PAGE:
- Timely data: This is the big game-changer. I always used benchmark assessment data to improve and personalize my instruction, but let’s face it — not all schools get that data as often as they should. Being able to monitor progress allows teachers to fine-tune reading instruction in the moment. Now we don’t have to wait until “test prep” time to evaluate what our kids really know!
- Performance transparency: Students need to know their current performance in relation to expected performance. Transparent data sharing practices whereby teachers students are aware of progress toward expected goals supports the we wish to foster for students.  Students take their goals seriously and hold themselves accountable due to the immediate assessment feedback. Because their success is so tangible, students naturally improve their practice whether in reading, writing, or mathematics.
Real Classrooms, Real Results
So what do these things look like in a real school? Last year, New York City-based K-12 Literacy Coach Jessica Scanlon and her colleagues decided to make this kind of change. They dialed back their test prep and instead used ed tech products, like LightSail, that provide organic and ongoing practice of test-related skills and competencies. The insight they gained into student progress mitigated the need for outdated drill and kill test prep. Jessica shares her experience below:
“As literacy coach, I introduced LightSail for Language Arts instruction for all of our 4th – 7th grade students. Teachers in my school receive progress data on specific skills each and every time kids read. Access to this regular performance data had a huge impact on our teaching year-round, allowing us to fine-tune instruction to strategically meet students’ reading needs.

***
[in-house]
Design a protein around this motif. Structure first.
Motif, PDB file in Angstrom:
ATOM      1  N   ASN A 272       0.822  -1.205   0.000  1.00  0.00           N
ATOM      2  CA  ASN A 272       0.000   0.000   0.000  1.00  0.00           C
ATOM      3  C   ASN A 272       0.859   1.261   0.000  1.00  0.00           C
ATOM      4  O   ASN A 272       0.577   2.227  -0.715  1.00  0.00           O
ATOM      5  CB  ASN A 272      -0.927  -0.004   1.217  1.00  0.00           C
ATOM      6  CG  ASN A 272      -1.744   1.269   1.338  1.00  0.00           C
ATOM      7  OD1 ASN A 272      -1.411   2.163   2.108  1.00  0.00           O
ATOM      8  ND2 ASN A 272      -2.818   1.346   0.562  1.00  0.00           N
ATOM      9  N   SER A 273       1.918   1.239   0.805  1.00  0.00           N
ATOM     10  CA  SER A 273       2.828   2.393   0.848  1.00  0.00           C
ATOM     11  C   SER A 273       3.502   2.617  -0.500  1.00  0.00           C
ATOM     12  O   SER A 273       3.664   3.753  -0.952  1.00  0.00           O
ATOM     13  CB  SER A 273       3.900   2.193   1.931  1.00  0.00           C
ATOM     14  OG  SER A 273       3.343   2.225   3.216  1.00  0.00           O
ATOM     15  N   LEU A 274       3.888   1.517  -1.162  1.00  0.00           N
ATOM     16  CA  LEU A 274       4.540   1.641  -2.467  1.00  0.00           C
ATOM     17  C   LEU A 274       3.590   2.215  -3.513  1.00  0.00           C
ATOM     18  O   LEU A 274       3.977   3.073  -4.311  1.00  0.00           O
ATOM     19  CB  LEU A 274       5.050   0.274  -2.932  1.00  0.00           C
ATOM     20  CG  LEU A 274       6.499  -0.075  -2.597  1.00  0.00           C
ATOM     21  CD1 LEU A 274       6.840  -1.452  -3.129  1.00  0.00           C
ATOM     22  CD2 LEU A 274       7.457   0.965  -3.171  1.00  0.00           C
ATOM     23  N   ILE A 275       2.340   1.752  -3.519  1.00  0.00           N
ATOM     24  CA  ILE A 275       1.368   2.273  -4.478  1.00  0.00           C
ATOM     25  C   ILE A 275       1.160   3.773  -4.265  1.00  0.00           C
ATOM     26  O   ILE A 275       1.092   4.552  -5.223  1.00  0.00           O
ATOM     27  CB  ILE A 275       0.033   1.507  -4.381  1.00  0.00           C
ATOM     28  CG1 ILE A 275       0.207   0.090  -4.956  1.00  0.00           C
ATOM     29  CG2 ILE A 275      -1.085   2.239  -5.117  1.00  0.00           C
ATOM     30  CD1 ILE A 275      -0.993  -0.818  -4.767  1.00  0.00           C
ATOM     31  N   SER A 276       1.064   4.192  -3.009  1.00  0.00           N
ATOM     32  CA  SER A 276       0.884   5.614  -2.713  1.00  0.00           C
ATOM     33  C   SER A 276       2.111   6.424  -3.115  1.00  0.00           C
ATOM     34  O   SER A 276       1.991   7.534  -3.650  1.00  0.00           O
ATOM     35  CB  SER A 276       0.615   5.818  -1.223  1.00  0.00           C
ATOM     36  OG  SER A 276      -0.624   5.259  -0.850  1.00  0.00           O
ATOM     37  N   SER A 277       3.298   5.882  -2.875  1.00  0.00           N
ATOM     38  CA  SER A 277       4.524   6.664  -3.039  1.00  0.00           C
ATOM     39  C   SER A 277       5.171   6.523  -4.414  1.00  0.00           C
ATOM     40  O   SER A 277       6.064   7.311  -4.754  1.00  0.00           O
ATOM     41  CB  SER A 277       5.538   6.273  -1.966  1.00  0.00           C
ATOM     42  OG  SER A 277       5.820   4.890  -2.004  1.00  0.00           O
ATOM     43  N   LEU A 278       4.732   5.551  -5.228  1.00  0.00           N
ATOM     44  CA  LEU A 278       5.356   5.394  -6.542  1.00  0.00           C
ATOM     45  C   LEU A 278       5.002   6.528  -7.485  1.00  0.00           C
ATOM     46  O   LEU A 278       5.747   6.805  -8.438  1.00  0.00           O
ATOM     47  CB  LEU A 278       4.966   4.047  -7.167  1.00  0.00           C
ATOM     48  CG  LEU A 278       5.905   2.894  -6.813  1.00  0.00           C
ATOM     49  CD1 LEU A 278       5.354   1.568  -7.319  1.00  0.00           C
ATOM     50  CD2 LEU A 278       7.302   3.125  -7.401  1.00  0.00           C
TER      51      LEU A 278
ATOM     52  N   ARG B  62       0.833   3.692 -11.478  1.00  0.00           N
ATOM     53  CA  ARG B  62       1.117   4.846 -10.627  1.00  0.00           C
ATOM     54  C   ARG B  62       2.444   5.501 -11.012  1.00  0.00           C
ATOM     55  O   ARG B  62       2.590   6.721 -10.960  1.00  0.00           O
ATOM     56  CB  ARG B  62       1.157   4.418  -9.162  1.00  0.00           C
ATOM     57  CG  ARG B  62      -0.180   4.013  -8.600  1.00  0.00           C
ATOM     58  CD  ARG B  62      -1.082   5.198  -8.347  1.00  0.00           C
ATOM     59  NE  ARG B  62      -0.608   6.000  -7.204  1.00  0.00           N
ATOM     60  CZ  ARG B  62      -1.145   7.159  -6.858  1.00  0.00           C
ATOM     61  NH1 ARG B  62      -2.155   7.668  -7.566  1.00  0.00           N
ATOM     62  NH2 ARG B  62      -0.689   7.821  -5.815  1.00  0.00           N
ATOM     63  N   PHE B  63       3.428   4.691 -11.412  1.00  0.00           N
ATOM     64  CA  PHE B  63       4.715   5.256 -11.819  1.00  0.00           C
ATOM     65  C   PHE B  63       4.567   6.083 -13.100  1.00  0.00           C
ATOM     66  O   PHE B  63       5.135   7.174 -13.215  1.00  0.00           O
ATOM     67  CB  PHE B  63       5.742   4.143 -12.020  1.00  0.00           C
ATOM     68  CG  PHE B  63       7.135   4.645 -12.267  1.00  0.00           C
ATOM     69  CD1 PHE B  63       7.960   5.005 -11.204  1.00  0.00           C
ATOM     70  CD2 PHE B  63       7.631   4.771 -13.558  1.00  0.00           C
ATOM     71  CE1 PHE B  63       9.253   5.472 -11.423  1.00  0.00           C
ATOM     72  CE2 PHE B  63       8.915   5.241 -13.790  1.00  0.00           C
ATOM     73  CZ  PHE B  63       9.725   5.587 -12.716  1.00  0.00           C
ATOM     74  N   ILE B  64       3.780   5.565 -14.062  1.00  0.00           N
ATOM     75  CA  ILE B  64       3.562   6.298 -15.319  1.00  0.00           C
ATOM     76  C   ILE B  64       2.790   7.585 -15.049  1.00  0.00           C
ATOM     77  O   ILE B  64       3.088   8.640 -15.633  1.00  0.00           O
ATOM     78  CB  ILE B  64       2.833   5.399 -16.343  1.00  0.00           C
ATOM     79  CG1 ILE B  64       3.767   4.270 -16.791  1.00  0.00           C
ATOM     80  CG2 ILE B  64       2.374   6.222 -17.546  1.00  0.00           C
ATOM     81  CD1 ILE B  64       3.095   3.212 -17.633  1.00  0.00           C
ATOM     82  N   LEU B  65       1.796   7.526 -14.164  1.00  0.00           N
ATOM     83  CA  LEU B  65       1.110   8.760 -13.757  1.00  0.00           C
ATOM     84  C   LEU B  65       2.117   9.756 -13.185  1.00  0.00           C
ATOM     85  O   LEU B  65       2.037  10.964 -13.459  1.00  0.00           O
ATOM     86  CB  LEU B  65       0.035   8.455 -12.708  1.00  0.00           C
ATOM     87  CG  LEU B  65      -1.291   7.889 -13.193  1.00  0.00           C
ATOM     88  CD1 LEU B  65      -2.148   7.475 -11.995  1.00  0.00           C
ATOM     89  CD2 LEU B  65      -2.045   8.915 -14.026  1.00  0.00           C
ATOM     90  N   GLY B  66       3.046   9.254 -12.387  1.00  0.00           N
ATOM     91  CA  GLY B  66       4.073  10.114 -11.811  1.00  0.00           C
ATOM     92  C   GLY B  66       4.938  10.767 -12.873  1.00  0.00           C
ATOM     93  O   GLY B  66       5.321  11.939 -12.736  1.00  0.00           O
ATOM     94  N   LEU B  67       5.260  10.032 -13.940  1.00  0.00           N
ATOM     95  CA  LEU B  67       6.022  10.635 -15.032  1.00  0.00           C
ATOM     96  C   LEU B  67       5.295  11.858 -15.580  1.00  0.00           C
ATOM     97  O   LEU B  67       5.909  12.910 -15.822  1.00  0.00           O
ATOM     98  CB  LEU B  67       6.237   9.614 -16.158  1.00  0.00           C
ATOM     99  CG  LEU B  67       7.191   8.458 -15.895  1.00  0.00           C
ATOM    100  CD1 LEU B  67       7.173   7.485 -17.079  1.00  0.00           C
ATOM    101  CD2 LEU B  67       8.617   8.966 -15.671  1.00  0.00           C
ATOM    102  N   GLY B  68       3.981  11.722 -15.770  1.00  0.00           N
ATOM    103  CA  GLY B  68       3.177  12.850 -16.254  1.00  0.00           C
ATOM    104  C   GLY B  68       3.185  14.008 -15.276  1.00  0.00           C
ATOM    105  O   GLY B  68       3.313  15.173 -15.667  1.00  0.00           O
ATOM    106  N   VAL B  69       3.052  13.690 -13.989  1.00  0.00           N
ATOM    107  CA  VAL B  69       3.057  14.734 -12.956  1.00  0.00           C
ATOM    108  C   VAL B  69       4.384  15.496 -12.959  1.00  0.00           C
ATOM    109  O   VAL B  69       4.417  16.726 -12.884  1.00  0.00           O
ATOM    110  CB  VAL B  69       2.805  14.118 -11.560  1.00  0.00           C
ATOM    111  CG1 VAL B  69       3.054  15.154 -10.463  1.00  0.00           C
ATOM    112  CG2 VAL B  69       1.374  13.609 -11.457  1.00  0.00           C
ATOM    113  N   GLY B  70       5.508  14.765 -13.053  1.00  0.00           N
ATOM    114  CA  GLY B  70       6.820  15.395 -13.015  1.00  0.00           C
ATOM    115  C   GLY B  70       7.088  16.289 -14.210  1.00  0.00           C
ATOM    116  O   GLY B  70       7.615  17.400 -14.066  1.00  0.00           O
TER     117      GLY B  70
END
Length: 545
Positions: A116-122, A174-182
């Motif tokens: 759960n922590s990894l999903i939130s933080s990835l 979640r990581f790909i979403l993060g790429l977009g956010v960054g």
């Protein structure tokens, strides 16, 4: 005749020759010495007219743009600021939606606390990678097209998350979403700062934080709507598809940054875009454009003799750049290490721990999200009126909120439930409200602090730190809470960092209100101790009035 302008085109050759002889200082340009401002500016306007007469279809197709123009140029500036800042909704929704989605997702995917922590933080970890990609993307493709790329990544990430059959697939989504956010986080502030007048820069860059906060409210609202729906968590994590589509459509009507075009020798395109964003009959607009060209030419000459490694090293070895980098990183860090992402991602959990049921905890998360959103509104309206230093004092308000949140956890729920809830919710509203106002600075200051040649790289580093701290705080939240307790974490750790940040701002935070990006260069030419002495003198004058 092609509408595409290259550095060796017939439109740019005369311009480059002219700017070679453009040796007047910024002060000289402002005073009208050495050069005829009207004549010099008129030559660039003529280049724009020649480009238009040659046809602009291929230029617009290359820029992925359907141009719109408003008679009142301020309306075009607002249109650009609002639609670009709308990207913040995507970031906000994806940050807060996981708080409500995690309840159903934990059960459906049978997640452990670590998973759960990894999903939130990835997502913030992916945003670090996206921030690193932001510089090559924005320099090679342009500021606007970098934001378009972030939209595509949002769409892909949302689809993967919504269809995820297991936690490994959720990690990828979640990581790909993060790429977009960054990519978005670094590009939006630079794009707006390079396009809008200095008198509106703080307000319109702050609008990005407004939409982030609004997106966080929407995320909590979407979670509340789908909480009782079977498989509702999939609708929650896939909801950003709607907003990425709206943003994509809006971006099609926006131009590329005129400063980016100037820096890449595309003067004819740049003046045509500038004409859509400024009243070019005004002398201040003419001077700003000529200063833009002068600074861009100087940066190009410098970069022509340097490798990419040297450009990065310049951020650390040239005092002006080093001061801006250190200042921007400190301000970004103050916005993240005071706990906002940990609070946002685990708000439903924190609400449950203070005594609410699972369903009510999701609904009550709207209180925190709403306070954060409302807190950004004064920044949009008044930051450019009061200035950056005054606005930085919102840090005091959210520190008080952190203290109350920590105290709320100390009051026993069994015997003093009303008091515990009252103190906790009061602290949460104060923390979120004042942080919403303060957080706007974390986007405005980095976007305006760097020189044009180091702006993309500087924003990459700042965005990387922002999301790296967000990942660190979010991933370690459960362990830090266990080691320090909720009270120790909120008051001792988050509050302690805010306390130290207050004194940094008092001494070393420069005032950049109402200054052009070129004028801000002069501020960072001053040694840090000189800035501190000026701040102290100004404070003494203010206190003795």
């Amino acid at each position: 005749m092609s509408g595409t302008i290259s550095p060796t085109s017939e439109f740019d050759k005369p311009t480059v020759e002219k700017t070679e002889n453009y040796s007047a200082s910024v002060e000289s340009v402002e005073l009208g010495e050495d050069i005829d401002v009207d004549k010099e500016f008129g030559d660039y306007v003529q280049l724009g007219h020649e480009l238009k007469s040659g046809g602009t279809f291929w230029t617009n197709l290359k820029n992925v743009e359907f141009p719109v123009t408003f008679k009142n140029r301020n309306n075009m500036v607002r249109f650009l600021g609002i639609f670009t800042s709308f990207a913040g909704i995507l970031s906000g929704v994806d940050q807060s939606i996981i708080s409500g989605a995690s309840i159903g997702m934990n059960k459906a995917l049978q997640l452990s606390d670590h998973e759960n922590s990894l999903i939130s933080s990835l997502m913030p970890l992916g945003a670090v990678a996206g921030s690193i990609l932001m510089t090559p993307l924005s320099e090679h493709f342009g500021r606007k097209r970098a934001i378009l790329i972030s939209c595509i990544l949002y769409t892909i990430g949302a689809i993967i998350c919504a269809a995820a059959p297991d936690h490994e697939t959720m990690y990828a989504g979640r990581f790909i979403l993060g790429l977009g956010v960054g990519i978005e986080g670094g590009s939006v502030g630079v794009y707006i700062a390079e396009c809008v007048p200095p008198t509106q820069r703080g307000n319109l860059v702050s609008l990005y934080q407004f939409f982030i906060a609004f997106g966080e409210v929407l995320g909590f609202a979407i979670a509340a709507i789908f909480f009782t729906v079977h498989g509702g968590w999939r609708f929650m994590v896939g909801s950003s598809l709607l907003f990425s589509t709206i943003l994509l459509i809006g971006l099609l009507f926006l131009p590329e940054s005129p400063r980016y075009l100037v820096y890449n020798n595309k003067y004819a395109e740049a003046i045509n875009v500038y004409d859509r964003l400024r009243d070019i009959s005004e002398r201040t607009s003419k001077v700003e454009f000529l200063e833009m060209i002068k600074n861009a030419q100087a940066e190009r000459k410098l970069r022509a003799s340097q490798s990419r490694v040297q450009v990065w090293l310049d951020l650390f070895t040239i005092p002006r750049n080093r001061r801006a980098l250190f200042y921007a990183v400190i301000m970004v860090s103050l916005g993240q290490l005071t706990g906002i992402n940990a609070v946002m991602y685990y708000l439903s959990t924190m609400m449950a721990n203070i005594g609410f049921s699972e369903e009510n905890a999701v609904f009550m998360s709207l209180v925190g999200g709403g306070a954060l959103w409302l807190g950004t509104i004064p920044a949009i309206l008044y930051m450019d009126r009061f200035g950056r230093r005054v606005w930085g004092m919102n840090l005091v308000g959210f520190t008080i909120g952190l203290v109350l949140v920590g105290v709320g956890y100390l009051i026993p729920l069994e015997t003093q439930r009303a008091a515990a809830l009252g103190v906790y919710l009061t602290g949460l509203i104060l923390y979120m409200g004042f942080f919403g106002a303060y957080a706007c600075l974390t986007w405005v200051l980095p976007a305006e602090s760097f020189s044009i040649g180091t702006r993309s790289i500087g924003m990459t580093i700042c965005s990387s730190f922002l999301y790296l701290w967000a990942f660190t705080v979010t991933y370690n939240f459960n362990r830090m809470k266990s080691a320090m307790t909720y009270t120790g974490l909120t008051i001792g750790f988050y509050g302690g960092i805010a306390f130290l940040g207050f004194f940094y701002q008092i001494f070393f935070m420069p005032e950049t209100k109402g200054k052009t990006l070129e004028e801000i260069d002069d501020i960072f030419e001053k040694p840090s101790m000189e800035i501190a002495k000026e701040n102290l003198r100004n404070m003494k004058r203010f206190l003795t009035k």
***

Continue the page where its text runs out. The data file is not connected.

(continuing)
The instructional shift extended to our test preparation. In the past, we would constantly practice reading comprehension passages and questions during the weeks leading up to the test in order to gauge student readiness and remediate as needed. The lack of resources and availability of high-interest passages made it difficult to motivate students, and teachers felt as if they were constantly grading practice tests.
With LightSail, we knew in the fall where students were struggling and we began work – during whole group instruction, small group work and individual conferences– to address skill gaps months ahead of the test.
As the test approached, we didn’t alter our reading instruction to build up test-taking skills. Instead, we kept doing what worked all year – building students as great readers… The burnout that students experienced in years prior was replaced with excitement about reading.”
Hearing this testimonial, I’m excited to think of the possibilities that ed tech can bring when it comes to prepping for high-stakes testing. Is educational technology the antidote to all of the concerns and stresses surrounding standardized testing? Probably not. But it does offer a pretty powerful tonic for some of the less than ideal aspects of the high-stakes tests – and it might just leave a little time for ALL of us to “drop everything and breathe”.
 Zernike, K. (2015). Obama administration calls for limits on testing in schools. New York Times, p. A4. Retrieved from: http://www.nytimes.com/2015/10/25/us/obama-administration-calls-for-limits-on-testing-in-schools.html